I’ve been hearing a lot about science notebooks lately, so I went to the Education Development Center’s Pathway Session on Establishing Science Notebook Habits and Skills. It was interesting to hear each presenter’s unique take on the science notebook and see all of the student examples they displayed.
Fifth-grade teacher Karen Wood said structured journals work best with her fifth graders, who typically don’t have a lot of exposure to science. I was shocked to hear that only a handful of her students each year have had any science at all.
Dean Martin, science specialist for grades 3-5 in the Boston Public Schools, uses a “dual notebook structure” combining free writing with specific questions to explore. With students who have difficulty expressing themselves in writing, he adapts the notebook by letting them take digital photos and write captions. To help kids who think they can’t draw, he provides a few simple drawing lessons to build their confidence, while assuring them that their drawings need not be perfect.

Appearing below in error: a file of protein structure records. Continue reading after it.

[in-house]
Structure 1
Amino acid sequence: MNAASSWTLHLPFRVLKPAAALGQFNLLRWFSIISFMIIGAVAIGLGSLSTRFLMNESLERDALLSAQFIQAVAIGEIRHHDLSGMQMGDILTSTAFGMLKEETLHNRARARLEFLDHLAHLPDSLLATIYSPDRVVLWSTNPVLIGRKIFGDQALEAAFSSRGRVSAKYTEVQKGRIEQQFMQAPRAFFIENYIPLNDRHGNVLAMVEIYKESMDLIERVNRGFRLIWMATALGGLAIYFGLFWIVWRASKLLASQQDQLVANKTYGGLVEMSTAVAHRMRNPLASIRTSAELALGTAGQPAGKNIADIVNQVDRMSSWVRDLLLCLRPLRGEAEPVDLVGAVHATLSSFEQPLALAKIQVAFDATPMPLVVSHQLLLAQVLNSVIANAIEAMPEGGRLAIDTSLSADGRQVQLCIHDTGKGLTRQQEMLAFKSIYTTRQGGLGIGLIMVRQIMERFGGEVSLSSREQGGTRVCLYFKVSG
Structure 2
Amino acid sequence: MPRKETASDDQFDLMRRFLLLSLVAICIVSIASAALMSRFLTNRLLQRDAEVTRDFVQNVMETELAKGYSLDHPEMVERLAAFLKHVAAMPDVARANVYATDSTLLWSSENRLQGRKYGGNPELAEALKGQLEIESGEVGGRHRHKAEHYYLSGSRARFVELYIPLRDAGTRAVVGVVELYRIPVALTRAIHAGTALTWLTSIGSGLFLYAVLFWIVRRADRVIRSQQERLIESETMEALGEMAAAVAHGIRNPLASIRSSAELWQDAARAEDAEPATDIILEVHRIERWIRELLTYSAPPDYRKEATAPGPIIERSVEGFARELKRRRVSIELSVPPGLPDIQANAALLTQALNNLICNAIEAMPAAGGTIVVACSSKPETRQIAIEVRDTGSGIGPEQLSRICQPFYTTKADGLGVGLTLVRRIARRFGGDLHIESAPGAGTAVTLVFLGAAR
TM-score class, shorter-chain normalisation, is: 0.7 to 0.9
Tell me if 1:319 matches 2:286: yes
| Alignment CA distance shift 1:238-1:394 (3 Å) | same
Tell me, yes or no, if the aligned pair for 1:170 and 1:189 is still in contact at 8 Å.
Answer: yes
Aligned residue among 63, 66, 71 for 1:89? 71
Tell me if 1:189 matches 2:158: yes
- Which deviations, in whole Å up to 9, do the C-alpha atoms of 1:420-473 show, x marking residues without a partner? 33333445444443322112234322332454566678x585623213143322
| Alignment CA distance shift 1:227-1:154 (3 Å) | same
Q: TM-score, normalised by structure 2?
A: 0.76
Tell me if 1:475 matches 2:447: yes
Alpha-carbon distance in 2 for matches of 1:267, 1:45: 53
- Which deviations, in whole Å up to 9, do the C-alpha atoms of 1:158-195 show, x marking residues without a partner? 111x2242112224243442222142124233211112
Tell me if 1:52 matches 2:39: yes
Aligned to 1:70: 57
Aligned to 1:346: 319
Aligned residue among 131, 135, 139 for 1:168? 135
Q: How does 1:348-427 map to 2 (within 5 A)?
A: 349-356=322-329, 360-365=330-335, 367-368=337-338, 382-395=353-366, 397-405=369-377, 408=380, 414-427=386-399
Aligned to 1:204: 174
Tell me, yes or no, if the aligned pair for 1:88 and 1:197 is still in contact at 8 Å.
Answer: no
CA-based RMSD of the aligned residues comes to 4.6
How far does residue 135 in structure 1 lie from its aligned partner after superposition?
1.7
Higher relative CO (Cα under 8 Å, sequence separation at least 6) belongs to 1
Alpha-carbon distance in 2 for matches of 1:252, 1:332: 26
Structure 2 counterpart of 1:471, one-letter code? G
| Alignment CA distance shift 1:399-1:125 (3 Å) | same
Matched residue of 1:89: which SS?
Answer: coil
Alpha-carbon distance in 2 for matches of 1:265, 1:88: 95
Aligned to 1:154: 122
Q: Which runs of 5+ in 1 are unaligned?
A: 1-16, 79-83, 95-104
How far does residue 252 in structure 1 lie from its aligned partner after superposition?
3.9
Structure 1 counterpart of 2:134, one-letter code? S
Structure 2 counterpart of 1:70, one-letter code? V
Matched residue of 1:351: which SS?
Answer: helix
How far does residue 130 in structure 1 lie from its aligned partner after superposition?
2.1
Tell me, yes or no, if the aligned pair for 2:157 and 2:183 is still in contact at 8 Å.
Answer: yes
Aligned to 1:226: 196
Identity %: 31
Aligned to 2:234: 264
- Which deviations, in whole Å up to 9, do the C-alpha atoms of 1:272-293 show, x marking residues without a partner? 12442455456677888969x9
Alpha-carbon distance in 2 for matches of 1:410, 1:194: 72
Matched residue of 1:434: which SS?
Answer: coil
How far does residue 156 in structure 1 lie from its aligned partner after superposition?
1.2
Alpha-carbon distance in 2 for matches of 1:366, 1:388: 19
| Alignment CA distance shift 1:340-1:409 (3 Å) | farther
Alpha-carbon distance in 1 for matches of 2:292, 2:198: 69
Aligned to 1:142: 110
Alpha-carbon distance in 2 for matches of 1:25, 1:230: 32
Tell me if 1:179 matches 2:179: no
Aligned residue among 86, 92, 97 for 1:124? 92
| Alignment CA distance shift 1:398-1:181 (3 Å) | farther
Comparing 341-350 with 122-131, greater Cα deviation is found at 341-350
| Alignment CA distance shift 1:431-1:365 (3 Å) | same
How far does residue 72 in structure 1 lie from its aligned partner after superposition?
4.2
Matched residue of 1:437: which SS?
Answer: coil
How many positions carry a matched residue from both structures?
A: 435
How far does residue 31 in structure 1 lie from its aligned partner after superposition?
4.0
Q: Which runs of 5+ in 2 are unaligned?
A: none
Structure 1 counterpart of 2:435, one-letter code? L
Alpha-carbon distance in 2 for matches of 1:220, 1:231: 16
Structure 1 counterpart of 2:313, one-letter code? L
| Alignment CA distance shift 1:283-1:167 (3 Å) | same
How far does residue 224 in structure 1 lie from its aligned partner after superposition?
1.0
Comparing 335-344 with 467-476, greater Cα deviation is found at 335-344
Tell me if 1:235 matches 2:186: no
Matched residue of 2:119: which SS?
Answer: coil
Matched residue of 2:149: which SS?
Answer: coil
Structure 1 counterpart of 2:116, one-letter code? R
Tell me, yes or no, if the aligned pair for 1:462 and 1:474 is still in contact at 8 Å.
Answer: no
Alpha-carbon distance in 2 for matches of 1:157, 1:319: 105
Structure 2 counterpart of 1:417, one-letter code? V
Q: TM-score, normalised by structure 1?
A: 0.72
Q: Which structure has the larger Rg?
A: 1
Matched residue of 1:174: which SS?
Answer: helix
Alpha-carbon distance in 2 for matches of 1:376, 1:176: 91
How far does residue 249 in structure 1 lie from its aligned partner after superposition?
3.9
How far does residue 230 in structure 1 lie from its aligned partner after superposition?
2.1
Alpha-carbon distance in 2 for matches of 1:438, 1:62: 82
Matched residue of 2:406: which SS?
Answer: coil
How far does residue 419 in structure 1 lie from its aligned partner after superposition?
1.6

Lori Fulton of Jay Jeffers Elementary School in Las Vegas, Nevada, says many of her kindergarteners are English Language Learners, so writing is hard for them. So they work on creating pictures for their notebooks first, then learn how to label the pictures. With older students, she advises not overemphasizing conclusions and encouraging students to describe their observations.
Audience members asked the presenters about how they helped their students make real-world connections using their notebooks and how to determine whether what students put in the notebook represented accurate understanding.